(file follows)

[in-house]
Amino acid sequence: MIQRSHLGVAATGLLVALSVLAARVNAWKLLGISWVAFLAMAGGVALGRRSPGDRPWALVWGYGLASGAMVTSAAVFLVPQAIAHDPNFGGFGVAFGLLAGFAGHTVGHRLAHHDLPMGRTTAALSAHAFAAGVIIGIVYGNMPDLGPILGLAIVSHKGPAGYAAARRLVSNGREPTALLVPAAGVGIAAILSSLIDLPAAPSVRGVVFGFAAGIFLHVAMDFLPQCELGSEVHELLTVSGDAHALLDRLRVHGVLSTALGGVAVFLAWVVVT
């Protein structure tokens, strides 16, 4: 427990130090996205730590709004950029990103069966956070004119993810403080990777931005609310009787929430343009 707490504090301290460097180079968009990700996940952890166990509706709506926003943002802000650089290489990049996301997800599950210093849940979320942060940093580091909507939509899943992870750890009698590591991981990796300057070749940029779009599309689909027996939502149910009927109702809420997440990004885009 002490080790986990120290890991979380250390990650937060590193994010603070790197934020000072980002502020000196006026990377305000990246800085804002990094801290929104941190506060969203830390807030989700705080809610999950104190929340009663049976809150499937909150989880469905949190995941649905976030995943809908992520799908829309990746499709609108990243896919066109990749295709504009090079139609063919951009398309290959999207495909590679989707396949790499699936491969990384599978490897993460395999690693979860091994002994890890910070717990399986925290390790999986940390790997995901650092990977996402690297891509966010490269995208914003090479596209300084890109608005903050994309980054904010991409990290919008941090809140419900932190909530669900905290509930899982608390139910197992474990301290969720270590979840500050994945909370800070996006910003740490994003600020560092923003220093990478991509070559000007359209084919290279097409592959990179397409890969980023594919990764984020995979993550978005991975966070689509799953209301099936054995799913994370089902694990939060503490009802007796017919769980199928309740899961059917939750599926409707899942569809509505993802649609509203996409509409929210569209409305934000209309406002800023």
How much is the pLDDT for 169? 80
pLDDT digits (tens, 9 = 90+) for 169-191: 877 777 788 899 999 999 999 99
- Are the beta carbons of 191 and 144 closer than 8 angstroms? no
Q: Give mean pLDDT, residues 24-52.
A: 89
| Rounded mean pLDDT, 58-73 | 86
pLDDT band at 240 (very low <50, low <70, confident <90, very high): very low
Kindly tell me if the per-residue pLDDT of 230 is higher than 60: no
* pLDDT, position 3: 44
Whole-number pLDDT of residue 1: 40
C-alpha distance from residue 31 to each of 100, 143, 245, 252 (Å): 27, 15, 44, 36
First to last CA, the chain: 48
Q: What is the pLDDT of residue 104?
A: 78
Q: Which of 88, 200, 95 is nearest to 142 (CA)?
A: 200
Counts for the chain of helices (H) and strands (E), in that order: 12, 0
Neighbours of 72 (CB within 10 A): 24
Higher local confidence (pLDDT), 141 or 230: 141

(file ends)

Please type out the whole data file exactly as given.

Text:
[in-house]
Amino acid sequence: MIQRSHLGVAATGLLVALSVLAARVNAWKLLGISWVAFLAMAGGVALGRRSPGDRPWALVWGYGLASGAMVTSAAVFLVPQAIAHDPNFGGFGVAFGLLAGFAGHTVGHRLAHHDLPMGRTTAALSAHAFAAGVIIGIVYGNMPDLGPILGLAIVSHKGPAGYAAARRLVSNGREPTALLVPAAGVGIAAILSSLIDLPAAPSVRGVVFGFAAGIFLHVAMDFLPQCELGSEVHELLTVSGDAHALLDRLRVHGVLSTALGGVAVFLAWVVVT
């Protein structure tokens, strides 16, 4: 427990130090996205730590709004950029990103069966956070004119993810403080990777931005609310009787929430343009 707490504090301290460097180079968009990700996940952890166990509706709506926003943002802000650089290489990049996301997800599950210093849940979320942060940093580091909507939509899943992870750890009698590591991981990796300057070749940029779009599309689909027996939502149910009927109702809420997440990004885009 002490080790986990120290890991979380250390990650937060590193994010603070790197934020000072980002502020000196006026990377305000990246800085804002990094801290929104941190506060969203830390807030989700705080809610999950104190929340009663049976809150499937909150989880469905949190995941649905976030995943809908992520799908829309990746499709609108990243896919066109990749295709504009090079139609063919951009398309290959999207495909590679989707396949790499699936491969990384599978490897993460395999690693979860091994002994890890910070717990399986925290390790999986940390790997995901650092990977996402690297891509966010490269995208914003090479596209300084890109608005903050994309980054904010991409990290919008941090809140419900932190909530669900905290509930899982608390139910197992474990301290969720270590979840500050994945909370800070996006910003740490994003600020560092923003220093990478991509070559000007359209084919290279097409592959990179397409890969980023594919990764984020995979993550978005991975966070689509799953209301099936054995799913994370089902694990939060503490009802007796017919769980199928309740899961059917939750599926409707899942569809509505993802649609509203996409509409929210569209409305934000209309406002800023």
How much is the pLDDT for 169? 80
pLDDT digits (tens, 9 = 90+) for 169-191: 877 777 788 899 999 999 999 99
- Are the beta carbons of 191 and 144 closer than 8 angstroms? no
Q: Give mean pLDDT, residues 24-52.
A: 89
| Rounded mean pLDDT, 58-73 | 86
pLDDT band at 240 (very low <50, low <70, confident <90, very high): very low
Kindly tell me if the per-residue pLDDT of 230 is higher than 60: no
* pLDDT, position 3: 44
Whole-number pLDDT of residue 1: 40
C-alpha distance from residue 31 to each of 100, 143, 245, 252 (Å): 27, 15, 44, 36
First to last CA, the chain: 48
Q: What is the pLDDT of residue 104?
A: 78
Q: Which of 88, 200, 95 is nearest to 142 (CA)?
A: 200
Counts for the chain of helices (H) and strands (E), in that order: 12, 0
Neighbours of 72 (CB within 10 A): 24
Higher local confidence (pLDDT), 141 or 230: 141